Sunday, November 10, 2013

Frau at the Met, Short Version

Go see it. You just don't have many opportunities to catch this one; the production is solid and often absolutely gorgeous, though I have many quibbles with it. The singing is mostly excellent, and.....CHRISTINE GOERKE. Well. You may have thought this opera was about the Empress, the woman of the title, but Goerke steals the show in magnificent fashion as the Dyer's Wife.

Hoping to get something longer up - Bruce Hodges heard a half-hour brain dump Friday night - but having a hell of a time getting going on it.


Chanterelle said...

I can understand why you're having trouble capturing it on paper; it's nearly as loaded, symbolically, as PARSIFAL. Also, expectations and all...

I'm going tomorrow and CAN'T WAIT, especially to see/hear Goerke's triumphant homecoming. I have seen the production before, but 10 years is a long time.

Lisa Hirsch said...

I haven't got that much to say about the symbolism, though I have a couple of things to say on dropped balls in the plot. it's more that I have many complaints but think the whole is well worth seeing anyway. Am also having a problem writing a good lede. I mean, I think I have three of them at this point.

Michael Strickland said...

I actually saw Karl Bohm conduct this at the San Francisco Opera in 1976 in a great Nikolas Lehnhoff production. it was revived in 1980 with Birgit Nilsson tearing up the joint as the Dyer's Wife, and Gwyneth Jones at her best in the same role in a 1989 revival. Would be lovely to see/hear again in San Francisco (we're not all globetrotters), even with all those singing Unborn Children.

Lisa Hirsch said...

I saw the '89 bring-up, and I remember maybe three things about it: 1. Jones was having a good night when I saw it. 2. I was overwhelmed by the music, because I'd never heard a note of it before I went (I was in Dress Circle standing room!) 3. I was appalled by the singing unborn children.

I wonder if SFO still has the production, or whether Rosenberg sent it to the knackers.

Bruce Hodges said...

...and a happy half-hour it was, hearing your comments. I'm seeing it tomorrow night and will weigh in further after that.

Lisa Hirsch said...

I had better get something written before the third-act curtain, then. :)

Henry Holland said...

I love this opera, flaws and all. I too saw that 1989 SFO production and Dame Gwyneth let loose a high note that parted everyone's hair. Great production too.

Los Angeles Opera did it with a wonderful David Hockney production. I saw it in 1993, here's a wonderful Martin Bernheimer review:


Did I forget something? Oh, yes. There's a chorus of unborn children. Also a singing falcon and a school of fish who fly into a frying pan. Apparently they sing too

Yes! The flying fish!

The various offstage voices sounded as if they were piped in from Zanzibar via a faulty shortwave radio

Hahaha. Good cast: Jones, Shade, Henschel, O'Neal and Grundheber. The sets and lighting were magical.

Damn, I really want to see/hear this opera in the theater again!

Lisa Hirsch said...

Fish: see the photo of Goerke and a cooking pot in the next blog posting!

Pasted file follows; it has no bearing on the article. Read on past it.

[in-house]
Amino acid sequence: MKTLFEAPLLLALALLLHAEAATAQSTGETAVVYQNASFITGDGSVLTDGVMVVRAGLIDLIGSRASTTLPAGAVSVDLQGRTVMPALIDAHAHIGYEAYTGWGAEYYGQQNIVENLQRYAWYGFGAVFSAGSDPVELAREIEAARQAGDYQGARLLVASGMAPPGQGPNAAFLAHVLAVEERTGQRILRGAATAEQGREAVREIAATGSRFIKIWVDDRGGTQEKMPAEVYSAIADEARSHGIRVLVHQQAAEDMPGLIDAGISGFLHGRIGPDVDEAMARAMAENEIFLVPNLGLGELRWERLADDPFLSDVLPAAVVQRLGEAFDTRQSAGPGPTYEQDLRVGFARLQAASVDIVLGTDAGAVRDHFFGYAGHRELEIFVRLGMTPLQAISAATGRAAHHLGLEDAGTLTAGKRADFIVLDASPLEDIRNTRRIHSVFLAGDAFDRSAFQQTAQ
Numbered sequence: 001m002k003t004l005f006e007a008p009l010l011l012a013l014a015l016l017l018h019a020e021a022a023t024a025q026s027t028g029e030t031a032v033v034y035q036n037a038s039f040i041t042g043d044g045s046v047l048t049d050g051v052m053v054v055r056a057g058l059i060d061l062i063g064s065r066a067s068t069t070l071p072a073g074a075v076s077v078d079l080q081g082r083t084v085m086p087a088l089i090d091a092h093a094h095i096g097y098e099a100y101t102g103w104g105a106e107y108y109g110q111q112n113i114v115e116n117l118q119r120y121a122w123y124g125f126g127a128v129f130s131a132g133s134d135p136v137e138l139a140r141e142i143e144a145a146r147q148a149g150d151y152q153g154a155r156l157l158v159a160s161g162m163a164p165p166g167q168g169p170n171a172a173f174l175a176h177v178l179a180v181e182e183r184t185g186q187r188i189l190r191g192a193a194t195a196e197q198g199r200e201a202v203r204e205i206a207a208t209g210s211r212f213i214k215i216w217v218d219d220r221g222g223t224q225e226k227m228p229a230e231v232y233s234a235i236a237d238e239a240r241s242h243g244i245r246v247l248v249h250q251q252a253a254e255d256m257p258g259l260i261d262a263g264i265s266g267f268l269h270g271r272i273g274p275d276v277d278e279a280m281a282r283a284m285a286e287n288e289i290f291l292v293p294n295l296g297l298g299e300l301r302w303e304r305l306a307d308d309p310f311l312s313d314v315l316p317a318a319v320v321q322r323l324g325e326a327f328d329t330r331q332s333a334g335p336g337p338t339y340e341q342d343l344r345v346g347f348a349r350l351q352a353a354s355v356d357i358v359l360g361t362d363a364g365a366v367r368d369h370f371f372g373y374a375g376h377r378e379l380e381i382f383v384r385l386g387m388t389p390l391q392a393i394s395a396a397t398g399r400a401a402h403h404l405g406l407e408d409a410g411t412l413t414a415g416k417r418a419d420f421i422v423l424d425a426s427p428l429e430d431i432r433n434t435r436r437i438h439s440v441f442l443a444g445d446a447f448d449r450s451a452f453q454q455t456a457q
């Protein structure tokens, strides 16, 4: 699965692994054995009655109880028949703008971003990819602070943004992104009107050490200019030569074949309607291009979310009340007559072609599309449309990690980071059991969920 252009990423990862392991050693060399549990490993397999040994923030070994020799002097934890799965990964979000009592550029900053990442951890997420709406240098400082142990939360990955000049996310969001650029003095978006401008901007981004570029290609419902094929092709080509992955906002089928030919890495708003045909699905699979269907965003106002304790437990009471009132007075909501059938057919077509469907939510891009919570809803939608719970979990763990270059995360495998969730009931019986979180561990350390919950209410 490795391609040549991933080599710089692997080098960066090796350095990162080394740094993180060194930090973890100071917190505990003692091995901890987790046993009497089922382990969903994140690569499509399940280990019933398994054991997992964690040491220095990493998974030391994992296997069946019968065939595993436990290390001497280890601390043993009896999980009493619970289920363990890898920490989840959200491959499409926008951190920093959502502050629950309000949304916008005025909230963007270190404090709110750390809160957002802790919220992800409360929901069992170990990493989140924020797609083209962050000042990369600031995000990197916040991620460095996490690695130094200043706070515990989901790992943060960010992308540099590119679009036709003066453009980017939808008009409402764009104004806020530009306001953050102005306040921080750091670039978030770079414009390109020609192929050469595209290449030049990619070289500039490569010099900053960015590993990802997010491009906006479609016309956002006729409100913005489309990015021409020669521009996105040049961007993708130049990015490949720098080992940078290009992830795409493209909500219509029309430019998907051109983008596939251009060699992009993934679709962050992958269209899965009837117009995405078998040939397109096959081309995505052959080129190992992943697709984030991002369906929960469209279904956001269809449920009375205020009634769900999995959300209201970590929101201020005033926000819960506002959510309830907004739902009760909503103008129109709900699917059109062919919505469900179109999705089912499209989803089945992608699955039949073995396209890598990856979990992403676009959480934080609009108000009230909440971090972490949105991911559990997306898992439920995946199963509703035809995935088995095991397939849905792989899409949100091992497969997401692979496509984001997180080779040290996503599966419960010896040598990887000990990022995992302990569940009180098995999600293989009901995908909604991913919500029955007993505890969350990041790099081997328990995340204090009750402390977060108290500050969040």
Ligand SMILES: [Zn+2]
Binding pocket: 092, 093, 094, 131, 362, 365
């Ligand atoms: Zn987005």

"Did I forget something?" Oh, hahahaha.

The Met does a better job of piping in the voices, but I don't understand why they amplified the Voice of the Falcon and the Voice from Above.

Hope you get to hear it again!

Bruce Hodgse said...

So (after seeing it last night) I mostly loved the revival, and my feelings are pretty similar to yours: some minuses, but overall, well worth seeing.

In general I agree with Tommasini's initial 2001 assessment of the production, that it clarifies the opera, but I was mildly disappointed that the mirrored box is now without the gorgeous outer space projections from NASA that adorned the center back wall. The abstractions they substituted this time around aren't horrible, though - and for some, perhaps they equate with "timelessness."

But more random pluses: The opening - house lights still on and suddenly darkened with the first chords - was a great touch. The Falcon is much better conceived this time around. Previously, it seemed to flop around, not really resembling any type of bird at all (perhaps an undersea creature); this retooling adds more interest.

Jurowski's work with the orchestra (mostly great) reveals some interesting percussion (e.g., xylophone, castanets) that I don't recall the first time. He does Strauss more transparently than many are wont to - and I quite liked it, especially in some of the powerful, grinding climaxes. And he takes the score swifter than I recall, which again, might convert some non-Strauss-lovers.

As for the cast, Goerke ruled - there's a reason she was all over the news yesterday. But Komlosi was pretty good (in an almost equally unforgiving role), and Schwanewilms, while a bit monochromatic in her acting, sang quite well. Liked Torsten Kerl (new to me) and Johan Reuter (ditto); other small roles seemed OK.

The chorus of unborn children singing seemed much more prominent this time around; not sure if it's a plus or minus, especially for those of us who don't necessarily equate child-bearing with essential humanity. But generally I go for the broader picture in this piece, whenever possible, and ignore some of the over-the-top symbolism. The music is so beautiful, so often, that it's easy to do.

Overall, I'd put it somewhere in the "more than very good" category, and given the rarity, a definite "try to see it at least once."